Civil War II #3 comes with the hype of the death of a classic Silver Age characters. But, of course. Because it is not a “big event” without some pointless and artificially constructed “death” of a longtime characters. Rhodey has already been killed off. So, I would guess that it will be a white male character who bites it in this issue. Odds are it is Bruce Banner. The reason I say that is that Marvel already has Cho as the Hulk. I can see the logic in Axel Alonso okaying the death of Bruce Banner in order to eliminate any resistance long time readers have in accepting Cho as the Hulk. All right, let’s go ahead and hit this review.
Words: Brian Bendis
Art: David Marquez (Olivier Copiel handles the Hawkeye/Bruce Banner scene)
Colors: Justin Ponsor
Story Rating: 2 Night Girls out of 10
Art Rating: 8 Night Girls out of 10
Overall Rating: 5 Night Girls out of 10
Synopsis: We begin in the Manhattan Federal Courthouse. (Which does not exist. I believe that Bendis is referring to the United States District Court for the Southern District of New York.) Matt Murdock calls his first witness for the State: Carol Danvers. (No! The State cannot bring charges in Federal Court. The Federal Government brings charges against criminals in Federal Court. The State brings charges against criminals in the State Court. Really?) Carol takes the stand. Matt asks her if she recalls the events of July 14th of this year. (Yes! We are going to tell this issue in the passive form of a flashback! More brilliance by Bendis. Robbing the story of any immediacy and tension of watching it unfold in real-time is such a winning formula.)
We flashback to Carol meeting with Bruce Banner. We get some inane and pointless banter between the two in order to burn some panel space. Carol asks what Bruce has been up to lately. Bruce says that he has been running some genetic calculations.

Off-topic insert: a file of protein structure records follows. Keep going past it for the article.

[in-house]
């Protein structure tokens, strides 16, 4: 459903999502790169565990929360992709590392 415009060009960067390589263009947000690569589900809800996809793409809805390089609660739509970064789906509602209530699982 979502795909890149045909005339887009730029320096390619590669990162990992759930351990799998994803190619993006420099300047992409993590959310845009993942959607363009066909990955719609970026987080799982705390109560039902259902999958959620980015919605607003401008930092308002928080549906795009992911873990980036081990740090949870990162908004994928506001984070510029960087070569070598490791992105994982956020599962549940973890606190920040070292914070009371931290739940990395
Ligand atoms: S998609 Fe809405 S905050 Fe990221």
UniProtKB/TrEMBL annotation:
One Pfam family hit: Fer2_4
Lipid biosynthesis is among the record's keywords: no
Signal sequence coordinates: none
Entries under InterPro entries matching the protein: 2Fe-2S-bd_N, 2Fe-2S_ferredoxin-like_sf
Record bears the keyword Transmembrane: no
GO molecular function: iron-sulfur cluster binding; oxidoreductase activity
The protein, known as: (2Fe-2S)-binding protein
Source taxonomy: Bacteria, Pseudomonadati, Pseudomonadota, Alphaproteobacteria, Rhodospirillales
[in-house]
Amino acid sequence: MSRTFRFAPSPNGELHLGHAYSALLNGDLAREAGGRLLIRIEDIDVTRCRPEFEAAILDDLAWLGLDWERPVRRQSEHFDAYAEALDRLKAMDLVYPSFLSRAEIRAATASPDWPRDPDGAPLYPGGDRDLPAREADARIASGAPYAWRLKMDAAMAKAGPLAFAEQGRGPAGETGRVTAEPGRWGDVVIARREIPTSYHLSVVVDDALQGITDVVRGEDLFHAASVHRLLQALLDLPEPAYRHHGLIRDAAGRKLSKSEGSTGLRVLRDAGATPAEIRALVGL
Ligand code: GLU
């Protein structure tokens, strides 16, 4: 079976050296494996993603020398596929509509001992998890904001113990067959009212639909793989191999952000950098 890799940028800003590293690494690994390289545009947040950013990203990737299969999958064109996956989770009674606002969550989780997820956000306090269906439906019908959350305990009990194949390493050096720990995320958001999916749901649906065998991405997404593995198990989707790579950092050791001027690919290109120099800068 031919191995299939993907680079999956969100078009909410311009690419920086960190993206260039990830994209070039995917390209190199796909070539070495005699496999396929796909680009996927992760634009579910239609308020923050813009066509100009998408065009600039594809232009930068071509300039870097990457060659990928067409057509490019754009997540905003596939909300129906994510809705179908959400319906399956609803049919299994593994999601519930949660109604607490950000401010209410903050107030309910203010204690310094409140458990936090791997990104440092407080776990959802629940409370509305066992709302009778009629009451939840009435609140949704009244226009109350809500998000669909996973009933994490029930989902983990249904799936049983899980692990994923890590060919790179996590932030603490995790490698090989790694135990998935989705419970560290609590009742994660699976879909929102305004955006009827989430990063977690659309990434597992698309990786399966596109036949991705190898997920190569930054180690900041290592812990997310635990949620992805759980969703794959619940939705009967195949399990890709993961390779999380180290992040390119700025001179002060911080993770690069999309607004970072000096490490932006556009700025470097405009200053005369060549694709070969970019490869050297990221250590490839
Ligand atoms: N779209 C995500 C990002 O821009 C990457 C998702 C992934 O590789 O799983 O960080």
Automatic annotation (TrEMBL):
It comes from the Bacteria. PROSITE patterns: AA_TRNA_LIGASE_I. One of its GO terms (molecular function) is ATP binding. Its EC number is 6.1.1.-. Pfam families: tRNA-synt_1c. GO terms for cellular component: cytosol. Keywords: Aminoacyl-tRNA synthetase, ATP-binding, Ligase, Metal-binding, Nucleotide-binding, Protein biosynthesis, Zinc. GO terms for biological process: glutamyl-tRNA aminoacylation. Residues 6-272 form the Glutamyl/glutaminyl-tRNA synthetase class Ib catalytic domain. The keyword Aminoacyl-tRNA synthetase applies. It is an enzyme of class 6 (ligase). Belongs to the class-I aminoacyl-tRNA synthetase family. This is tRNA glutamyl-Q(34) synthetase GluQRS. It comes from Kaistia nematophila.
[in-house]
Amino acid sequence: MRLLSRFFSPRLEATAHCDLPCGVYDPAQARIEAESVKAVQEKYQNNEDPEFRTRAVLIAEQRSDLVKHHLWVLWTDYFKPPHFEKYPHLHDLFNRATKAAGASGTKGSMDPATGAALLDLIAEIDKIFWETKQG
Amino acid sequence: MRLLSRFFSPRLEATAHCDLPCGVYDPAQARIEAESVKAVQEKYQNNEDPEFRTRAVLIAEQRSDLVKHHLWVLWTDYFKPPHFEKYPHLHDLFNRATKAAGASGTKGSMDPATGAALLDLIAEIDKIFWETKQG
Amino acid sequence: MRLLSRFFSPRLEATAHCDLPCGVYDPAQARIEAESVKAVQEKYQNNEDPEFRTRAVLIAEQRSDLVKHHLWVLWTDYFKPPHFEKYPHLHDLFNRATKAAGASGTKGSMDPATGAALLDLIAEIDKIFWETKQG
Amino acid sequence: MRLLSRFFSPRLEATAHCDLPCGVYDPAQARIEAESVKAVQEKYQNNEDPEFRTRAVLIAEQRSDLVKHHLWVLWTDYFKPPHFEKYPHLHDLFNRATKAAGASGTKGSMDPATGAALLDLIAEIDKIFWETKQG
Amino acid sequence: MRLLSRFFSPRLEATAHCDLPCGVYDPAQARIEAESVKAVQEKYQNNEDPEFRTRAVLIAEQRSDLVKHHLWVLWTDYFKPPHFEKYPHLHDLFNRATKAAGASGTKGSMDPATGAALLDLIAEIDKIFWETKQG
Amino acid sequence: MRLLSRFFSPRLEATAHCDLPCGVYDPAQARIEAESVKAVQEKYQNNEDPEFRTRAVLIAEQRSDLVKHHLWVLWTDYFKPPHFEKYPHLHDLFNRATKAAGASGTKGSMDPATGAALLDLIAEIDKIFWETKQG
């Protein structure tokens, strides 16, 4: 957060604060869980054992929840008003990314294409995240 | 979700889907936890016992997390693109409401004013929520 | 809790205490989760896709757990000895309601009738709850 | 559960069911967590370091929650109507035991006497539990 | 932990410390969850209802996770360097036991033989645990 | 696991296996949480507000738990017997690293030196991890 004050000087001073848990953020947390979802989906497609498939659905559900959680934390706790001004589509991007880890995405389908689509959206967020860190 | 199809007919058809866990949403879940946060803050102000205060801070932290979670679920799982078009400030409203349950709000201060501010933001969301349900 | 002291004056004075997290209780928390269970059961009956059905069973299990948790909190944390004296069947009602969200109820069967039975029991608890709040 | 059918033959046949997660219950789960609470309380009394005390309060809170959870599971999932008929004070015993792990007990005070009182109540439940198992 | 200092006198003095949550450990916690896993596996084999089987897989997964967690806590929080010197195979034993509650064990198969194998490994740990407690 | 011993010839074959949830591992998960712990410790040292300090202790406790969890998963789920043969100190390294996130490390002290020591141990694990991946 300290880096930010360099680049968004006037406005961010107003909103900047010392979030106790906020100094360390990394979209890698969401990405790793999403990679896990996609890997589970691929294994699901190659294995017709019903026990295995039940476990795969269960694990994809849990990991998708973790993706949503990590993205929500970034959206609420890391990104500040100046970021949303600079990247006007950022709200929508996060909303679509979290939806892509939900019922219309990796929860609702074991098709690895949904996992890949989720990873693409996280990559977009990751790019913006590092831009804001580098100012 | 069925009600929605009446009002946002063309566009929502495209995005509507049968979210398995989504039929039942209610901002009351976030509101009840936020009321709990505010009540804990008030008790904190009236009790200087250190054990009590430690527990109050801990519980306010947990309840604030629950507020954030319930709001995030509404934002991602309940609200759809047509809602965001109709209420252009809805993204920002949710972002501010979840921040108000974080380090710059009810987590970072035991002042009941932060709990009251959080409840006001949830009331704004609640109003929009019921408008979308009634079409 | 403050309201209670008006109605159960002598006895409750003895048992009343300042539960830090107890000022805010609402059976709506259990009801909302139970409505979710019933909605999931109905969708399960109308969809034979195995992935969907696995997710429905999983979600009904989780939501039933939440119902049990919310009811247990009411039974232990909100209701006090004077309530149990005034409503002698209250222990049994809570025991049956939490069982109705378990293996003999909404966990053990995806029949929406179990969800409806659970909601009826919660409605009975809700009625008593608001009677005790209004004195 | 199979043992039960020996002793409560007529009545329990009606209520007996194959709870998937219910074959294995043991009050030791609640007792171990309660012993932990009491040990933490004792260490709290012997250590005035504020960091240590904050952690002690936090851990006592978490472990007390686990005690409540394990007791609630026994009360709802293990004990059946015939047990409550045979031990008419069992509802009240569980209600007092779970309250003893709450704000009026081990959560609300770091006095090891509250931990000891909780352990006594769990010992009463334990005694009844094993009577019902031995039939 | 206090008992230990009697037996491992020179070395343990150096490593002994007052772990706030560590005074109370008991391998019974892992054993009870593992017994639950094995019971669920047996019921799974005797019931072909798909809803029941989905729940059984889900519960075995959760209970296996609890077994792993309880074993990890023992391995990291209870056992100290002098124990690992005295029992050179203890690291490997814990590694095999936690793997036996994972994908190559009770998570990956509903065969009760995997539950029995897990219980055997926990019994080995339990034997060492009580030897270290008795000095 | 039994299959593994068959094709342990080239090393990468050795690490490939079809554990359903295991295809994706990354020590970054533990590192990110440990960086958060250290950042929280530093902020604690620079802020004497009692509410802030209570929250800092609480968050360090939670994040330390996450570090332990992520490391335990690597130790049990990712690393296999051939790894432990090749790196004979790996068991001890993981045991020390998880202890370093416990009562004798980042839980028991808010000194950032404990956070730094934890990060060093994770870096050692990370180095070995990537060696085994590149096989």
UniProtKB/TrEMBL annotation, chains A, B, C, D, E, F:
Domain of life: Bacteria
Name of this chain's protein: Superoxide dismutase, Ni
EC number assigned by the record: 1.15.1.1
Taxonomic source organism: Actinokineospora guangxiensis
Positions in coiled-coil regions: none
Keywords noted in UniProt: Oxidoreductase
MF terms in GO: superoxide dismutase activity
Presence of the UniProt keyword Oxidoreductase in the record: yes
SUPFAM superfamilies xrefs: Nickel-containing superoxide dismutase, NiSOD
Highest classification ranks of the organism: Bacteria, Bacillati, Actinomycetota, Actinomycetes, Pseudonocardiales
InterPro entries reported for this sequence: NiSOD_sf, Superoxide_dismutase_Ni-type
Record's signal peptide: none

Suddenly, Tony appears on the scene. (Wearing a black leotard like a basic backup dancer in a ballet might wear. Totally not weird at all.) Bruce says that he has not had a Hulk incident in a year. Tony asks Bruce to come outside. Tony says for Bruce to stay calm. Tony says he believes in Bruce.
The three head outside and we see the assembled forces of the Avengers, Ultimates, X-Men, Inhumans and SHIELD outside waiting. Bruce asks “What did I do?” (Uh, well, you have a penis and are white. And were created before Axel Alonso became EIC of Marvel so….you do the math.)
Tony says that Bruce has not done anything…yet. (BUM BUM BUUUUUUUMMMMM!!!!! Feel that tension and suspense?! No? Ah, that’s okay. You aren’t the only one who doesn’t.)
We cut back to the present with Matt Murdock calling Tony Stark to the stand. Matt asks Tony what Bruce’s initial reaction was. Tony replied “Utter bafflement.”
We flashback to the heroes confronting Bruce. Carol introduces Ulysses to Bruce. (We get that obligatory Bendis “witty” banter that is utterly inappropriate for the type of scene that Bendis is trying to create here.) Carol and Tony explain Ulysses’ powers. (For like the millionth time during this big event.)
We cut back to the present with Carol on the stand. (Jesus, this is a mess from a technical standpoint. Now we are cutting back and forth between the flashback and two different times in the present. Brilliant way to make the story even more muddled.)
Carol says that they explained to Bruce the vision that Ulysses had about the Hulk. But, Tony voiced his dissent in how to best handle Ulysses’ visions. Carol and Tony explain their moral differences about using Ulysses’ visions. (Also for the millionth time during this big event.)
During this talk, the Beast hacks into Bruce’s work servers and discovered that Bruce has been experimenting on himself. That Bruce has been injecting himself with dead gamma cells. Bruce explains that his new work has kept the Hulk away.
Mariah Hill then says that she is placing Bruce under arrest and that they have to detain him. (Uh, what? This is still the United States of America, right? I get what Carol wants to do, but that does not change the fact that SHIELD has to operate under the criminal laws of America. Has Bendis ever bothered to research anything about criminal law before writing this incredibly unintelligent scene?)
Bruce starts to get upset about the accusations being leveled at him. Tony tells Bruce to calm down. Suddenly, a green tipped arrow flies out of a nearby tree and nails Bruce in the head. Another arrow flies into Bruce’s chest. (Told ya.)